King of the Box back, now open to women

TALENTED: Elle Clayton-Brown, 15, from Corlette, pictured during a surfing competition at Port Kembla Beach in April 2016. She is entering King of the Box this year, which will be held in August. Picture: Sylvia Liber

TALENTED: Elle Clayton-Brown, 15, from Corlette, pictured during a surfing competition at Port Kembla Beach in April 2016. She is entering King of the Box this year, which will be held in August. Picture: Sylvia Liber

UPDATE:

The 2017 King of the Box surfing competition has been given the green light for Saturday, August 19.

The conditions required to hold for the annual surf competition at Box Beach in Shoal Bay are predicted for the weekend of August 19-20, giving the organisers confidence to call the event on.

A presentation will be held at the Country Club Hotel from 6pm on Saturday.

EARLIER, JULY 17:

The annual Box Beach surfing competition is expanding to include an open women’s section this year, meaning there will be two crowns up for grabs – one for a king and another for a queen.

King of the Box event organiser Terry McKenna said the talent levels of women in surfing these days was “fantastic”.

He said that it was only natural to include a female event in this year’s competition.

Among the Port Stephens entrants confirmed for King of the Box so far is up-and-coming junior surfers Elle Clayton-Brown, 15, from Corlette and Jasmine Sampson, 15, from Anna Bay.

“It’s so good they’re opened King of the Box to women,” Clayton-Brown said.

“I love watching the guys surf Boxy. It’s a pretty fun wave; I’ve been trying to get around there lately.

“I’m really excited for it [competition]. I’m, excited to rep the Bay.”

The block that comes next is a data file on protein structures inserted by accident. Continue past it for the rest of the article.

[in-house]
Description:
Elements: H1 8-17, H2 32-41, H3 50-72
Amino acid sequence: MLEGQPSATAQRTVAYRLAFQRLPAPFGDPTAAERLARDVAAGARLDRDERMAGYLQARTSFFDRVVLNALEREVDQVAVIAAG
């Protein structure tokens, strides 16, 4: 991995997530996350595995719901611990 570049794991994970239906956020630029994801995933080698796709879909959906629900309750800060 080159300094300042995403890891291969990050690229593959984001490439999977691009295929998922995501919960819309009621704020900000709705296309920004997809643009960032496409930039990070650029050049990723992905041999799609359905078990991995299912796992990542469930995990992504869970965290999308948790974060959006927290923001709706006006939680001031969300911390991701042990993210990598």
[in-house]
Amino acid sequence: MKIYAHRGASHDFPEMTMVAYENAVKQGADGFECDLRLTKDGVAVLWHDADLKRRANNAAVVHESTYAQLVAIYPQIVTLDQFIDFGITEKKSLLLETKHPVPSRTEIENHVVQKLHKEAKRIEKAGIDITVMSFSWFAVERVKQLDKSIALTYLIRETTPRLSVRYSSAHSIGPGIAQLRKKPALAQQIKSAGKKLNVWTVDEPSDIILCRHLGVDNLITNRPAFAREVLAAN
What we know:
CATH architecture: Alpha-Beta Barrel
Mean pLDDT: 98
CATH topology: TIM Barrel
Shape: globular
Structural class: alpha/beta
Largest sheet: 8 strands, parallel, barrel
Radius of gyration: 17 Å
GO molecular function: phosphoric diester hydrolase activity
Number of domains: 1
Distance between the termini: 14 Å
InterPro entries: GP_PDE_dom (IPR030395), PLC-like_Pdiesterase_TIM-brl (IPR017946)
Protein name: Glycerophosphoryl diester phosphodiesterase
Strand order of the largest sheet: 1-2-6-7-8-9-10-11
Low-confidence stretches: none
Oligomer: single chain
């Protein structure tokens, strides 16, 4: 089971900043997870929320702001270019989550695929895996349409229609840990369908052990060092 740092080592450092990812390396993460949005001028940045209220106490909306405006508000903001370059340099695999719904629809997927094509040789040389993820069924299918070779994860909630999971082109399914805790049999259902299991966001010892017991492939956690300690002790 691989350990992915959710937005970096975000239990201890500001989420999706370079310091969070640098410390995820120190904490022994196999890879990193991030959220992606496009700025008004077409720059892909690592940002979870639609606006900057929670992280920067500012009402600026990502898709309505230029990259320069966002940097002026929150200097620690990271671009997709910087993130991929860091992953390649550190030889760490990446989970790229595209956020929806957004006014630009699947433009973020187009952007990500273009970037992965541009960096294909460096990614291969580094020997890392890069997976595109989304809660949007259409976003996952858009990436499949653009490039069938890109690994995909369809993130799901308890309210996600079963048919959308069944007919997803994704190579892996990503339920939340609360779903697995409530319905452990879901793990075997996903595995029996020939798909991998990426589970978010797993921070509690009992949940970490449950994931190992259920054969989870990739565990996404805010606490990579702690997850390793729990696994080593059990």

Chris Michalak.

Chris Michalak.

King of the Box is one of the most unique surfing competitions in Australia, and some argue in the world.

Box Beach, which is tucked away in Shoal Bay, has a unique break and because of this the action is close to shore, not far out in the distance like many other surf competitions.

“It’s one of the most unique wedges in the world that breaks super close to shore,” McKenna said.

“You can almost see the look in someone’s face on the final turn, that’s how close they are.

“Boxy is also a natural amphitheatre with a punchy left-hand wedge,” McKenna added.

“It’s suited to deep tubes and huge airs.”

This year’s King of Box is scheduled to be held on the weekend of August 19-20.

However, if the break isn’t good enough to host the competition, it will be held August 26-27.

“We need the ocean to have a bit of grunt for it [competition] to be good,” McKenna said.

“We work with Gavin Morris, the weatherman from NBN News, to try and predict what the waves will be doing.”

Organisers will call the event “on” the Tuesday afternoon prior to the weekend once they’re confident that there will be enough swell. 

About 80 surfers are expected to take part in this year’s competition, which has four categories: open men, junior men, open women and legend’s (invitation only).

All events are shortboard.

Mitch Dawkins.

Mitch Dawkins.

In the past four years, Box Beach has played host to some of Australia’s best surfers including former winners Jackson Baker, Ryan Callinan and Jesse Adam (all from Merewether), Chris Michalak (Fingal Bay) and Jamie Skillin (Central Coast). 

Michalak has confirmed that he will surf in this year’s King of the Box, taking a short break from the World Surf League’s qualifying series to surf his home break.

Mitch Dawkins, from Nelson Bay, is expected to surf in King of the Box.

It comes after Dawkins claimed a state surfing title in June.

Following the competition, a presentation is held at the Country Club Hotel.

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